Because I was adopted by my dad, my records were sealed in the State of California. I didn't have access to anything. If I wanted to find out anything, I would have to ask my mother and trust that what she told me was the truth.

That didn't go well. She immediately became the victim. How dare I try to hurt her like this. How dare I viciously attack the man who raised me by wanting to know about her rapist. How could I be so selfish and so shallow.

After talking to her a bit more, I started to doubt there was a man named Michael. I started to wonder about if she really did know my biological dad, but they were both Mormon, if she had to lie in order to be able to stay in her parents home. I wonder if he was going to be leaving for his mission and if she had been honest, it would have ruined his life too. I wonder if she loved him and would have married him if she didn't get knocked up. I wondered if her life would have been better without me. I think there is a very good chance it would have been.

Friday, September 11, 2015

When the Towers Fell

Today, I hate religion.

Every September 11th, I hate religion.

Ask me any other day and I will be willing to admit that there may be a limited amount of beneficial things in regards to organized beliefs. But not today.

I was still a Mormon when the planes stuck the Twin Towers. A Jack-Mormon - one who doesn't follow the letter of the law though they believe in the religion - but still a Mormon.

I wasn't at home when the towers fell.

My mother kicked me out in March 2001. My mother had decided that I was a bad influence on my three younger brothers because she caught me talking about condoms with my (boy)friend who I met on AOL in November of the previous year. These are all horrible things.

My choices were simple:
I could be homeless,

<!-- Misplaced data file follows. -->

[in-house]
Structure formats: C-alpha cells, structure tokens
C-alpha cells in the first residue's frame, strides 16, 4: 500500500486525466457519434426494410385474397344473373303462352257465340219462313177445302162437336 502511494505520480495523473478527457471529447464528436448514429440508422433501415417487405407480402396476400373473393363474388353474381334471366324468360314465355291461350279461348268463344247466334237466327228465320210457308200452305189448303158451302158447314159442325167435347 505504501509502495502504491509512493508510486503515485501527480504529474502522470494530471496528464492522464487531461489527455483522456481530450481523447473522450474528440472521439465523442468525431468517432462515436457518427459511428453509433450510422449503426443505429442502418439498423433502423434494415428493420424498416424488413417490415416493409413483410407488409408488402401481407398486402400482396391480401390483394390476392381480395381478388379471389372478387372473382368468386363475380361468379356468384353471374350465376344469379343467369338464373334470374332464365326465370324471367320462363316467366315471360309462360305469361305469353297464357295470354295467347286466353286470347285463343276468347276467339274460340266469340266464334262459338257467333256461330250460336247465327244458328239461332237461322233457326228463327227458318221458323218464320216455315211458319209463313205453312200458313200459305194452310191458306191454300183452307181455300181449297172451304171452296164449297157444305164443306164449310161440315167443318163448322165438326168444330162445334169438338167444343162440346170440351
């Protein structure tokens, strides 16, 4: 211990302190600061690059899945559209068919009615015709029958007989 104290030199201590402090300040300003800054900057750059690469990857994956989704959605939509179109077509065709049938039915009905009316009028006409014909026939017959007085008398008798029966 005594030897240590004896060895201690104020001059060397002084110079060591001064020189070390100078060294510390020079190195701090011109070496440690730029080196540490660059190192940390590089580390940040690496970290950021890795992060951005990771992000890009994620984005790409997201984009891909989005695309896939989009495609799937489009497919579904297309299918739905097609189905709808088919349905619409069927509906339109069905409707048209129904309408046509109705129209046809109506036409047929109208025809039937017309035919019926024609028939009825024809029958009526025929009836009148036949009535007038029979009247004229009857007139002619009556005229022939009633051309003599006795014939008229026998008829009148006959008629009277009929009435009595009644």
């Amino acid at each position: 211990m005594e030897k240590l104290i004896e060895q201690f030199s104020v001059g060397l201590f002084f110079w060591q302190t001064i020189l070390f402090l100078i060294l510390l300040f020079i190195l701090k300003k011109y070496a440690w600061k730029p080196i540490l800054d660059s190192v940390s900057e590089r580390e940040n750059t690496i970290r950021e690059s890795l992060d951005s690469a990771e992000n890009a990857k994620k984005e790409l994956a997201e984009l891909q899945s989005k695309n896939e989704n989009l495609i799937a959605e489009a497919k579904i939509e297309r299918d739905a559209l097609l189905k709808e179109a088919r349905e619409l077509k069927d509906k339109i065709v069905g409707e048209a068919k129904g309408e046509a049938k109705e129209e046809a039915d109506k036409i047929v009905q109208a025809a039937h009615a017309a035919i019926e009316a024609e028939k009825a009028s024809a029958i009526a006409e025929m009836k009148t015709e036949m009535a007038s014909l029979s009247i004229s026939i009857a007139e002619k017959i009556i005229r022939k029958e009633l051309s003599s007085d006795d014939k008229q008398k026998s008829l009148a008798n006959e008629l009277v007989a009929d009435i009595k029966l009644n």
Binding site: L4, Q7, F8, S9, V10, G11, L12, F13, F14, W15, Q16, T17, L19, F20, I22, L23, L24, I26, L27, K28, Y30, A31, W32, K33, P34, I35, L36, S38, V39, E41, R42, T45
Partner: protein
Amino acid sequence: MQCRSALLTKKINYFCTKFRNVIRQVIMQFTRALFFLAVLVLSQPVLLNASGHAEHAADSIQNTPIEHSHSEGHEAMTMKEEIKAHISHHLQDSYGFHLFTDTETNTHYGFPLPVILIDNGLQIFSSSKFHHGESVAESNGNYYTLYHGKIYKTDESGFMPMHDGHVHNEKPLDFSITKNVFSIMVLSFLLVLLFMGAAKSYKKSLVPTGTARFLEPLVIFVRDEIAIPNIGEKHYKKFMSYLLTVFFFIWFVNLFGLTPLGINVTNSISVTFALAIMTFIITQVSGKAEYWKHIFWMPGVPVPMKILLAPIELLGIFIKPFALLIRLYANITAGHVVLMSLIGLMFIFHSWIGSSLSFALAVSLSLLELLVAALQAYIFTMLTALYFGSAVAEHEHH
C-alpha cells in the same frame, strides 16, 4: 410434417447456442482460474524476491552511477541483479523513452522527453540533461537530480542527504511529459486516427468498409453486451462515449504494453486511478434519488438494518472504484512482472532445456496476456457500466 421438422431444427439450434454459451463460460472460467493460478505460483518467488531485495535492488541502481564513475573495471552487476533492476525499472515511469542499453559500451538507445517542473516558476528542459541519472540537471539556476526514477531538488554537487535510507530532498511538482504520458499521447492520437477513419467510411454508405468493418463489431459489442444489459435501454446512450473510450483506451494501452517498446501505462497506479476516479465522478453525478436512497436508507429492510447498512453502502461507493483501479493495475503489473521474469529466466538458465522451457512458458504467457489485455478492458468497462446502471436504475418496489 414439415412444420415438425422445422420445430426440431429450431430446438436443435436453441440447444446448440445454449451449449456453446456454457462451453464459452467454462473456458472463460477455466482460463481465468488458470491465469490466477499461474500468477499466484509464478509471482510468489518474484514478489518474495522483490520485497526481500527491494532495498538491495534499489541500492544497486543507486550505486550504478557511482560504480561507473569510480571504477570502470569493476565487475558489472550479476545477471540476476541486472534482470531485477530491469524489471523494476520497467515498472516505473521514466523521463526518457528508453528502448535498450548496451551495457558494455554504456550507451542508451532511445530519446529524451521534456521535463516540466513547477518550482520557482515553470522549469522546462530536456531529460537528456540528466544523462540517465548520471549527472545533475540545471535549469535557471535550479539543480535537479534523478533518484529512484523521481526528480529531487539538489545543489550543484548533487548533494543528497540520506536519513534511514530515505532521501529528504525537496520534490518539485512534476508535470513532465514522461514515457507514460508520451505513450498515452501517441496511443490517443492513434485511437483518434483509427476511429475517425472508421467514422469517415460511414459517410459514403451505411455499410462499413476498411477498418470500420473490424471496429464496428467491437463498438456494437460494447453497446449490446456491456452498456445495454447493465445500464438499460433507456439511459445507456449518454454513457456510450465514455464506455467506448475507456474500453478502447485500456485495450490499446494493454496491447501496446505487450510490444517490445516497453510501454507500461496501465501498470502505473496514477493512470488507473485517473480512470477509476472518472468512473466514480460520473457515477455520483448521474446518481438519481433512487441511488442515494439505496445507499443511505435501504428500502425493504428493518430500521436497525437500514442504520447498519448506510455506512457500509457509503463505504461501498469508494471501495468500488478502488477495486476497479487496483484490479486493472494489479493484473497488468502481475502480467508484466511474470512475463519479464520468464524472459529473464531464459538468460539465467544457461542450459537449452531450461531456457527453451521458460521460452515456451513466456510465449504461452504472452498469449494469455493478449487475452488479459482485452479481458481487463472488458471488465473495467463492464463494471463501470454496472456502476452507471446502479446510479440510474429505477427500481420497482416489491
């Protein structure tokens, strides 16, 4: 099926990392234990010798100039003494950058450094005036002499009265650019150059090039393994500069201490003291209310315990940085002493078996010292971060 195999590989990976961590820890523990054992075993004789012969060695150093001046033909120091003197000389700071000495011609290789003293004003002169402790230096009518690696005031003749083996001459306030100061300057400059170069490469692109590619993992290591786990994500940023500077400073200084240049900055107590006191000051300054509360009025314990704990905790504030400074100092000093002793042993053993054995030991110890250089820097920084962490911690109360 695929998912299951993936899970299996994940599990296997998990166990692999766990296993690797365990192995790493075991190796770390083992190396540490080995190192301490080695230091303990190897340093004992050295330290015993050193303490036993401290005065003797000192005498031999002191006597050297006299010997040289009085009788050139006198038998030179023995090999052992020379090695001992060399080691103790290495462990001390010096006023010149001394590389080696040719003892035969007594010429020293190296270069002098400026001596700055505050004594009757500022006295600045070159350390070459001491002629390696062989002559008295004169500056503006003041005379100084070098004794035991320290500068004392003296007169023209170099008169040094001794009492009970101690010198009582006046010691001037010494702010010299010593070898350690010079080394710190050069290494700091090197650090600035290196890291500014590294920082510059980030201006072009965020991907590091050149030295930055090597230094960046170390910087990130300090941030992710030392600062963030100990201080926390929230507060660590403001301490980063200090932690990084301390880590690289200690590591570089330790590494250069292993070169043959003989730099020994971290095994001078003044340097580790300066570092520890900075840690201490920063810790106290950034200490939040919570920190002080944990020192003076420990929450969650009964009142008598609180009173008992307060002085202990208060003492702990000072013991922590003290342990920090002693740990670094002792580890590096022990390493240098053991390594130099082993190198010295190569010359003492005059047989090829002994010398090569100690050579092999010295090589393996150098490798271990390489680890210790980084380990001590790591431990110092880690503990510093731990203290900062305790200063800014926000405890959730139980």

or try to impede upon relatives to whom I was not close,
or move across country with a complete stranger that I had met on the internet in November 2000.

After asking around to try to secure a couch until my mother 'forgave' me, I realized that I was going to be homeless. This had been the third time my mother had kicked me out of the house for trivial things that any good parent would have coached their child through.

I decided enough was enough.

The first time she kicked me out was in September 1999 because I called letting her know that I was going to be 5 minutes late for curfew. I was with my Mormon boyfriend on a typical dinner-and-a-movie date, and I called her to let her know the movie got out later than we had thought it would.

She told me not to bother coming home if I couldn't make it home before midnight. So I slept on his couch that night. I went to church the next day and went home afterward. She told me because I didn't come home that night, that I needed to find another place to live. I moved in with my best friend Tina and her mom.

A few weeks later, my mother called Tina's mom and asked her to ask me to move back home because my brothers missed me. So I did.

About midway through October of that same year, she kicked me out again. This happened shortly after her noticing that I didn't take the sacrament (body and blood of Christ) one Sunday. This was a personal decision and one that I was meeting with the Bishop about at the time. Because she didn't ask, and I wasn't about to tell, she assumed the worst. She leaned over and "whispered" rather loudly, "Why didn't you take the sacrament? You're not a virgin anymore, are you?" She stood up and left. As in, she stomped out of the quietest part of the Sunday service and went home and left me and my three younger brothers at church. Her voice almost echoed, so I knew everyone heard what she said.

The four of us walked home from church that day because she never came back to pick us up. When I walked in the door she said that I was being a horrible influence on my brothers and asked me to leave. I once again moved in with Tina and her mom.

A few days before Thanksgiving, my mother asked me to move back in so we could be together during the holidays. So I did.

She and I never got along from that point forward. I never forgave her for embarrassing me in front of the entire congregation, and she never apologized. I tried to act like nothing happened, but she had made her mind up about the reasons why I had stayed out that one night in September and she made it very clear that she thought I had lost my virginity to a young man who still went on his mission. It's as though she believed that I single-handedly sent him to hell.

I want to put this out there. Jeremy and I never had sex. Even after he came home early from his mission. Even when I slept in his apartment that September night. Even though I really wanted to and so did he. Not once, not almost, not ever. But it didn't matter. And she never bothered to ask.